Momming is hard, yo.

My goodness, friends. This mom stuff is hard sometimes. And I'm in the thick of it. Today was one of those that everyone tells you about but for which nothing can prepare you.

My biggest little has all the feels lately, and she swings like a pendulum from cheerful to devilish and from laughing to devastated all within about three minutes. My itty bittiest had a flare-up of eczema today, and she screamed and flailed and cried in the worst way until she broke my heart. I have a mountain of dishes in my sink that I need to load into the dishwasher, except that I first need to empty the clean ones out of the washer and into my cabinets. I really could use a shower (or a hot aromatherapy bath complete with spa music and a massage), and I haven't yet sat down to pay my mid-month bills. Or finished Sierra's birth announcements. Or written all the thank you cards for baby gifts and meals after she was born. Or finished unpacking from moving into this house 2 months ago.

I put my 3 year old to bed three four times tonight, the last of which came after a scolding because I found her surrounded by books with the lights on in her room (this actually happened while I was writing this blog post). Then as I walked the floor with my not-quite 4 month old on my shoulder after she woke for the second time, I fought tears for the second time today. This time I lost the battle. As I gently patted her bottom to the rhythm of my footsteps and told myself to just breathe, I heard it.

It was an almost-audible whisper: It is just a season. I am here.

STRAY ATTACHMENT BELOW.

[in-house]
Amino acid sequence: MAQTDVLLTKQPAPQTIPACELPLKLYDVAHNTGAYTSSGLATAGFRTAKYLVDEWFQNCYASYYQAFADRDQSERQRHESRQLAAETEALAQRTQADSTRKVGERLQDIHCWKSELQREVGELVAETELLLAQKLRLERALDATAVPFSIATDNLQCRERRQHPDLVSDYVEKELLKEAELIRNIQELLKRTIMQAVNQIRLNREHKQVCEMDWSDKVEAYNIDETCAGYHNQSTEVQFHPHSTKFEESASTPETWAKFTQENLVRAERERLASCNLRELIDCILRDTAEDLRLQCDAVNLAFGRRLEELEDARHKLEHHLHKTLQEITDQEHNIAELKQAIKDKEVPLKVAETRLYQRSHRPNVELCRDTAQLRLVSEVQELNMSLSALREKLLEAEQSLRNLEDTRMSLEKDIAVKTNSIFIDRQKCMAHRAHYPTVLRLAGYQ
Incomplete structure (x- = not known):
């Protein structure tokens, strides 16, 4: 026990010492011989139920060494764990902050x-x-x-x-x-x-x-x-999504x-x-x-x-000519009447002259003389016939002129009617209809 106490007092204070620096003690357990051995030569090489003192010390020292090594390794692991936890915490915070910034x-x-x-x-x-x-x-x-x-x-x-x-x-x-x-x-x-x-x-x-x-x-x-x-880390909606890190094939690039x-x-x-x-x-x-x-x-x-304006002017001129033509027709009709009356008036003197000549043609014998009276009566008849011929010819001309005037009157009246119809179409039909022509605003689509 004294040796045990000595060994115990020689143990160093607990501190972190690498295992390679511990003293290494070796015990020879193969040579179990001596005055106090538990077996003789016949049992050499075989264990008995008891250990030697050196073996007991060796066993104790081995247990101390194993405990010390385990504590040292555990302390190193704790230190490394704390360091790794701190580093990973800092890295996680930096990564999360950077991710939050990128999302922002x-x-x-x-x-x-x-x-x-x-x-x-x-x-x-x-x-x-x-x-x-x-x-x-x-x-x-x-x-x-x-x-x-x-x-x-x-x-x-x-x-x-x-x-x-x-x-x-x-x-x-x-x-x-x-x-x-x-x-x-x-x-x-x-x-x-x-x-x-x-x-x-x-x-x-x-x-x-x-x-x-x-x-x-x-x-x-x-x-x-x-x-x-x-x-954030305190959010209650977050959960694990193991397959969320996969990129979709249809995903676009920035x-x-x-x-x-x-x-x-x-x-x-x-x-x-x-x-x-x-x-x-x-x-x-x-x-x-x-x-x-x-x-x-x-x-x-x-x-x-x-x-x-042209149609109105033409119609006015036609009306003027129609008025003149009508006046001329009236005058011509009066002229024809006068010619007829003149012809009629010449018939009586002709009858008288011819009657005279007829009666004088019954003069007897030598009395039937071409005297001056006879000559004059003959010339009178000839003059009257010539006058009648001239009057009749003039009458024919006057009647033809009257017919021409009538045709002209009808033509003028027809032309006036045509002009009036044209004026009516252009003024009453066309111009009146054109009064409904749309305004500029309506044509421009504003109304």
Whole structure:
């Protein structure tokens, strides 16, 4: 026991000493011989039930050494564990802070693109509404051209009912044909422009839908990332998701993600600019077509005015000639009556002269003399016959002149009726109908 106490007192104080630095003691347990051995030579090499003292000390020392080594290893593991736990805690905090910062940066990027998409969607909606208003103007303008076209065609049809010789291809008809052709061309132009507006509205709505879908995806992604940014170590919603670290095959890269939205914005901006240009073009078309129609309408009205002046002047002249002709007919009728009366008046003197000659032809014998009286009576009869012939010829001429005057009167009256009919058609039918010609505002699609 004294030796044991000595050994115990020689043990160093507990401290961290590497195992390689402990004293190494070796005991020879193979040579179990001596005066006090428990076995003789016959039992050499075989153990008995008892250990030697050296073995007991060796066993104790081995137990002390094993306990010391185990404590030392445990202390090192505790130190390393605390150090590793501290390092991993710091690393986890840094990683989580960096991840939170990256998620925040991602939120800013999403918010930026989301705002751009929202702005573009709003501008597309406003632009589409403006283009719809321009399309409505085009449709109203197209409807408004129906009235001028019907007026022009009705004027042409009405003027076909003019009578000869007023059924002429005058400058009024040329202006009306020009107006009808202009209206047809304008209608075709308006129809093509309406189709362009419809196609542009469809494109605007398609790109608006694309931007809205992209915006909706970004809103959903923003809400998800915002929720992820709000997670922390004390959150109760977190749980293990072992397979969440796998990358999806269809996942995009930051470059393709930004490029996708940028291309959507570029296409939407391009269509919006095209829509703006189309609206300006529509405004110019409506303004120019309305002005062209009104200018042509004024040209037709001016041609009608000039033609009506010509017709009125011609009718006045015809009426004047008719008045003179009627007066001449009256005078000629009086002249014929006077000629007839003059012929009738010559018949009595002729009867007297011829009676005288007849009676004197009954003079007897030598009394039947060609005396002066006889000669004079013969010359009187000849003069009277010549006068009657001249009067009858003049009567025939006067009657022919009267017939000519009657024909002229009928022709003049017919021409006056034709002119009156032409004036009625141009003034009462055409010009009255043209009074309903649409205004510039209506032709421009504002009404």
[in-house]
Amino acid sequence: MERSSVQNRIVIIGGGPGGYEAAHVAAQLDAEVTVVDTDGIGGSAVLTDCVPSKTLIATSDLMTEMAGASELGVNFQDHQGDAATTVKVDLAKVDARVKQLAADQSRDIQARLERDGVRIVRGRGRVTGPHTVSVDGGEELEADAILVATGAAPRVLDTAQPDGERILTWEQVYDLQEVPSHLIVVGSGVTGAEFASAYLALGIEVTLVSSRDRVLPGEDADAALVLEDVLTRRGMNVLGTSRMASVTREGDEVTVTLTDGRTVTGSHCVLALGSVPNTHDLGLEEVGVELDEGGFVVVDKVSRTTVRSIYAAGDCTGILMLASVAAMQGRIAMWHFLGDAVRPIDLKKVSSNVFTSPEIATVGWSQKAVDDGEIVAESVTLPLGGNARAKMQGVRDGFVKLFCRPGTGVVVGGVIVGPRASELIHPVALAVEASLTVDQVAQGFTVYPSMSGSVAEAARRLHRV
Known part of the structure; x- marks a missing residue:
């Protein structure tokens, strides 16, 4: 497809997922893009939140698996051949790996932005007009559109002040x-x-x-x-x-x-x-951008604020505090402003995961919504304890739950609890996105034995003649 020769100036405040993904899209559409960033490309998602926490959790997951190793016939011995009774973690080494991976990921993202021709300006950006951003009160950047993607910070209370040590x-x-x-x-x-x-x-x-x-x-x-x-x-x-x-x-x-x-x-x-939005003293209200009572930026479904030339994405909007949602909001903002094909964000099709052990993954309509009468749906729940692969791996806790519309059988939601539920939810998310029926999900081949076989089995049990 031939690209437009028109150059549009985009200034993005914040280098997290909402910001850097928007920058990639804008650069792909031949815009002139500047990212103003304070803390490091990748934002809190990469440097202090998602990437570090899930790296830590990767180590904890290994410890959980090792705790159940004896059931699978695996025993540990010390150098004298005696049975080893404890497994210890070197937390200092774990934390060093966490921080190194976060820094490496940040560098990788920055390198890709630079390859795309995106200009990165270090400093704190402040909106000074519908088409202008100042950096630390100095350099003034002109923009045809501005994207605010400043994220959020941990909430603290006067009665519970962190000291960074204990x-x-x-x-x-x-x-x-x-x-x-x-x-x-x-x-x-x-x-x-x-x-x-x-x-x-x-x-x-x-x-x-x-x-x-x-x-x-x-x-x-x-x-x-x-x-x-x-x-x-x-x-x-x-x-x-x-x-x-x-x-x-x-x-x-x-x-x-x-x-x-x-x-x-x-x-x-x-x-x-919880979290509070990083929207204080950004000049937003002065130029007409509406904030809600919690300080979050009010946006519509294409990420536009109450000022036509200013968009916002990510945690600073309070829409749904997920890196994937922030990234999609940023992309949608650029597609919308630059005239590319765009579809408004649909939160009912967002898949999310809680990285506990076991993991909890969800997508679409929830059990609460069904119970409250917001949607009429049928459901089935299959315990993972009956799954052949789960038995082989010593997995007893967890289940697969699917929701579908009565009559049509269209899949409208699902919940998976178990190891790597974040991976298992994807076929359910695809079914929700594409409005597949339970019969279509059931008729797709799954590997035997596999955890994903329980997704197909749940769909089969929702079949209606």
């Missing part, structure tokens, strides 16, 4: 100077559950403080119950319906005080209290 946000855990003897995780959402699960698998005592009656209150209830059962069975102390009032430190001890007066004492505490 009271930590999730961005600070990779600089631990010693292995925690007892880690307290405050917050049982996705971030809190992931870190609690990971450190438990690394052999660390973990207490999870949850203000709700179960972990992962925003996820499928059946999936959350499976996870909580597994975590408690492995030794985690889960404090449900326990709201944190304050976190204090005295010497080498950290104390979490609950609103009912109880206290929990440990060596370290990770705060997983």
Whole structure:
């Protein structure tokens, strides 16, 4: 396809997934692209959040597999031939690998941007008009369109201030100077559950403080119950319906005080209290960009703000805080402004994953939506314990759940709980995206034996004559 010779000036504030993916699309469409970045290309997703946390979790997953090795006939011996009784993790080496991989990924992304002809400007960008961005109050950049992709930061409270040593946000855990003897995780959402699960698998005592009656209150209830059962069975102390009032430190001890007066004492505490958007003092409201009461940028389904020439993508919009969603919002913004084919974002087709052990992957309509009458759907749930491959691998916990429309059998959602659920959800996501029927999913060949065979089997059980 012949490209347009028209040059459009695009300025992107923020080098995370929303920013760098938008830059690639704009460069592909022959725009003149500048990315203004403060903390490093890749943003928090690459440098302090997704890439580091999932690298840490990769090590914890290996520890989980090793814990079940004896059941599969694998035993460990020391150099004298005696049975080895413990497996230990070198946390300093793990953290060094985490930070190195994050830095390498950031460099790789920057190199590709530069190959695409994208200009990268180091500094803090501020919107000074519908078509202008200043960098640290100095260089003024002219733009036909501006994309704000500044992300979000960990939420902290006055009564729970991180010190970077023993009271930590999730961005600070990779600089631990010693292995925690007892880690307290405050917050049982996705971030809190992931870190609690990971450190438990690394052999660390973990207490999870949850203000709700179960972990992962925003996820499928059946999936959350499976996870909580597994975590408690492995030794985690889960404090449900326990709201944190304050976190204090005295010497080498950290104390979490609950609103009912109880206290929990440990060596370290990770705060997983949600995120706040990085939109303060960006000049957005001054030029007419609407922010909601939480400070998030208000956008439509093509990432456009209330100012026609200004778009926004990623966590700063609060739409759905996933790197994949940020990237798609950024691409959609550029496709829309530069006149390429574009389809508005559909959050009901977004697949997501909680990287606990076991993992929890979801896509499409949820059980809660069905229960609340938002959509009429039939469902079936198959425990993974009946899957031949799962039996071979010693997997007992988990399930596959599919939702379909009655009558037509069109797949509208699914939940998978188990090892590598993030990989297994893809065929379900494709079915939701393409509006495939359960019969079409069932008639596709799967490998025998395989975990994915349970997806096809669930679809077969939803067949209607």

I Am. Here He is in the midst of the daily things, the life-altering things, the laborious things: The Unchanging amidst the ever-changing. He who counts the stars and calls them by name also watches me in the darkness of my bedroom, pacing beside the bed. And He reminds me that I am His, and He will not abandon me.

Isn't that what every parent wants for their children--to know security and love? It's my job to be that for them, to show Him to them. Through the toughest, most emotionally exhausting times even, I must be His hands: reaching out, comforting, healing. Caressing hairlines. Kissing boo boos. Shushing whimpers and wrapping my arms around tiny bodies. Remembering that what they need in me is who I have in Him.

So if you see me and my ponytail is halfway falling out, or if I say the wrong word or refer to one of my children by the wrong name, or if I invite you over and then apologize profusely for the mess, please do excuse me. I'm in the thick of it. This mom stuff is hard sometimes.

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